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The Play That Goes Wrong Theatre Royal Bath Review



 
 
 
 
In these testing times there could be nothing more welcome that an evening of unreserved hysterical laughter, the sort of thing that makes you cling onto the edge of your seat rocked by gales of giggles and roars of laughter.  Look no further The Play that Goes Wrong is back in town, and against all odds, bringing its unique brand of farce cleverly contained in a play within a play: on the face of it, slapstick comedy but disguising a mastery of the best kind of comedy. The acclaimed Mischief Theatre’s creation goes from strength to strength brightening our lives both on TV and best of all in live theatre. 

The Cornley Polytechnic Drama Society are determined to bring us their production of ‘Murder at Haversham Manor’.  Its dog-eared members, and there is a dog albeit unseen due to its being lost before curtain up, have a distinctly Dunkirk spirit attitude to acting which is just as well.  Every disaster that can befalls them, collapsing scenery, missing props, unexpected entrances (and exits) injured actors and lost lines.  They blunder on regardless to the unrestrained mirth of the audience.

The play has all the makings of a good murder/mystery, a dead body (at times), a testy police inspector, two hooray henry brothers, the creepy butler, and an over excitable amorous sister.  And an invisible dog.  The expertise of the real actors who play these roles is evident as they are the doyens of fast paced timing for the stunts whilst remaining believable as their shambling counterparts.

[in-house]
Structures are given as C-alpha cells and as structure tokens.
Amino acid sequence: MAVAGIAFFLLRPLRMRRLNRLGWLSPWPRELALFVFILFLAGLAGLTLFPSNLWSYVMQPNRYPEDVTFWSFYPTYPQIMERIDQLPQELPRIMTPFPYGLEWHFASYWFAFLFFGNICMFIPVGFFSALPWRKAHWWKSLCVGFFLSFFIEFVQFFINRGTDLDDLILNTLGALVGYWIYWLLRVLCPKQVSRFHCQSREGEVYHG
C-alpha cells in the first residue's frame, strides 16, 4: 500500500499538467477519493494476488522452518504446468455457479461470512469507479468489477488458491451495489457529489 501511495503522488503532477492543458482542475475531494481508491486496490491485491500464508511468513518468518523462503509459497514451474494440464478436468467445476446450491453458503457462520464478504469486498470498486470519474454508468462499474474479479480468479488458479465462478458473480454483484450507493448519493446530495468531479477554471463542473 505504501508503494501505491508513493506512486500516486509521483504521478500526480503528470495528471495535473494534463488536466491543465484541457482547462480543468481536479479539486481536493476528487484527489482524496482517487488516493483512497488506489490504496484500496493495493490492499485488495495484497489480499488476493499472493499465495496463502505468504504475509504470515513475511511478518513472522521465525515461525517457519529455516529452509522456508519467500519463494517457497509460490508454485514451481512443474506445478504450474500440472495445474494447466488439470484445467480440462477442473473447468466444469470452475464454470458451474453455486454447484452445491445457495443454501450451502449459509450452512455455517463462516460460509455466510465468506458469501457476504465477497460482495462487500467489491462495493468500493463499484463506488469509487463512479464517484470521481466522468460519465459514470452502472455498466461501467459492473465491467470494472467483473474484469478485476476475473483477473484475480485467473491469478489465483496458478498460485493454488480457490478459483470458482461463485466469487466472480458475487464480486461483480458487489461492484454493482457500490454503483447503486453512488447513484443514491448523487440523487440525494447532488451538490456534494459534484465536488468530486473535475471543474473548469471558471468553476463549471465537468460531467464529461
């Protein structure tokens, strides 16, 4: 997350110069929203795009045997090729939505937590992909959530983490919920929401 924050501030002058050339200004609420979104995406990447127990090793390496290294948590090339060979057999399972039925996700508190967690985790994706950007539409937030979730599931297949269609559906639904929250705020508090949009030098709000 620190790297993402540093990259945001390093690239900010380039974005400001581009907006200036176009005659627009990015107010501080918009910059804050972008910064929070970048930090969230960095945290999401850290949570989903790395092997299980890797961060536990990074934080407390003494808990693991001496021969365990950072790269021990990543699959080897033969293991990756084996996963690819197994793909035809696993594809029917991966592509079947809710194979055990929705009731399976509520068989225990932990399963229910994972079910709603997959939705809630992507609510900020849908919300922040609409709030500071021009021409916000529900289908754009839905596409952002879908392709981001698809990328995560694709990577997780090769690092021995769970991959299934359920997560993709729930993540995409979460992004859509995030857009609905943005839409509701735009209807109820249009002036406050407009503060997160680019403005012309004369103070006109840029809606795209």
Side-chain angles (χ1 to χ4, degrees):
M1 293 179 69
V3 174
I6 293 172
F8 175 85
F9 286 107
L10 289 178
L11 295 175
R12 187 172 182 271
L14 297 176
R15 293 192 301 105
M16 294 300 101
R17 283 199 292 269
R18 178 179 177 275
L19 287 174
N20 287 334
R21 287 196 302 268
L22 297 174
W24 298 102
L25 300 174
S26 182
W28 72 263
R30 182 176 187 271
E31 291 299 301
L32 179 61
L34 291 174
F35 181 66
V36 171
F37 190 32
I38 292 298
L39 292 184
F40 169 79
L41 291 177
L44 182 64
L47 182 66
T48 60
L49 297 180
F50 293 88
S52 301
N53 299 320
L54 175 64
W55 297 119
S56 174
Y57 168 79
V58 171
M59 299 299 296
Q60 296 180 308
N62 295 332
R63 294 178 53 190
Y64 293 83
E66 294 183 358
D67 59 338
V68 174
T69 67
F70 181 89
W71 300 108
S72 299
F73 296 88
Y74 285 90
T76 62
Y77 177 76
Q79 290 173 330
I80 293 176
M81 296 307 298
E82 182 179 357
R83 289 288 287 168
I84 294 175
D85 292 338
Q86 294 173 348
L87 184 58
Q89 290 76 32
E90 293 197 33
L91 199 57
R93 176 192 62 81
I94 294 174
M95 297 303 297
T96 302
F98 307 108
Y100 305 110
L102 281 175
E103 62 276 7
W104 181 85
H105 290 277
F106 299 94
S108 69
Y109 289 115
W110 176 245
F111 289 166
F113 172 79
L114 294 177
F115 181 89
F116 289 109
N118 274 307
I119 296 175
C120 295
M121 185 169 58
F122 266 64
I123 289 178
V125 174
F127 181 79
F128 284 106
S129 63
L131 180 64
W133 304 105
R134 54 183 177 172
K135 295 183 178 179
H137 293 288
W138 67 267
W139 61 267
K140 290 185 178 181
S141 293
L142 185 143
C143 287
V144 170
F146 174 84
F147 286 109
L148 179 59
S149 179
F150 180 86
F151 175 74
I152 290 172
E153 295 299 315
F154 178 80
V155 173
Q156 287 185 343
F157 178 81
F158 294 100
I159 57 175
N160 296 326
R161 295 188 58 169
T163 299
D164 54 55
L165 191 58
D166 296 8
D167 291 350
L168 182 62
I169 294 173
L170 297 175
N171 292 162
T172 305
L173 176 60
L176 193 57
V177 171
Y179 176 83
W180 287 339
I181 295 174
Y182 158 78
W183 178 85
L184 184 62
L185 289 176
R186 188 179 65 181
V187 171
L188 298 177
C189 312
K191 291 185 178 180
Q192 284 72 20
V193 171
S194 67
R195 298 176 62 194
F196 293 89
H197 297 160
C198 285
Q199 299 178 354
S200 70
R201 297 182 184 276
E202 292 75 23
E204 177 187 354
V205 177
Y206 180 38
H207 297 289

The entire cast are truly excellent: Tom Bulpett as Inspector Carter and the director not in control to the last, Elan James, the most lively dead body we’ve ever seen, David Kirkbride striding the stage like a colossus in tweedy plus fours as Thomas, expert in managing sliding scenery.  Milo Clarke, as Cecil his brother, showed tip-top co-ordination, Michael Keane as Perkins the word-blind butler and Ellie Morris is fabulous as the hysterical and sex-obsessed sister Florence with her neat disappearing act through the window.  Ciara Morris as the stage manager Annie bundled on at the last minute, tattered script in hand to do battle with her lines makes a great double act with Ellie Morris when they collide acting the same part, and they rather stole the show at that point.  

We salute you, members of the Cornley Polytechnic Drama Society for giving us one of the best evenings of our lives!  Our ribs ached as much as those of the cast after they’d fallen from great heights, crashed through windows, been sliced by swords and had a small altercation with a large piece of scenery.  If you can get a ticket – see this, you will forget all the trials and tribulations of the last nine months and be still smiling days afterwards.

Jacquie Vowles
 
 
 


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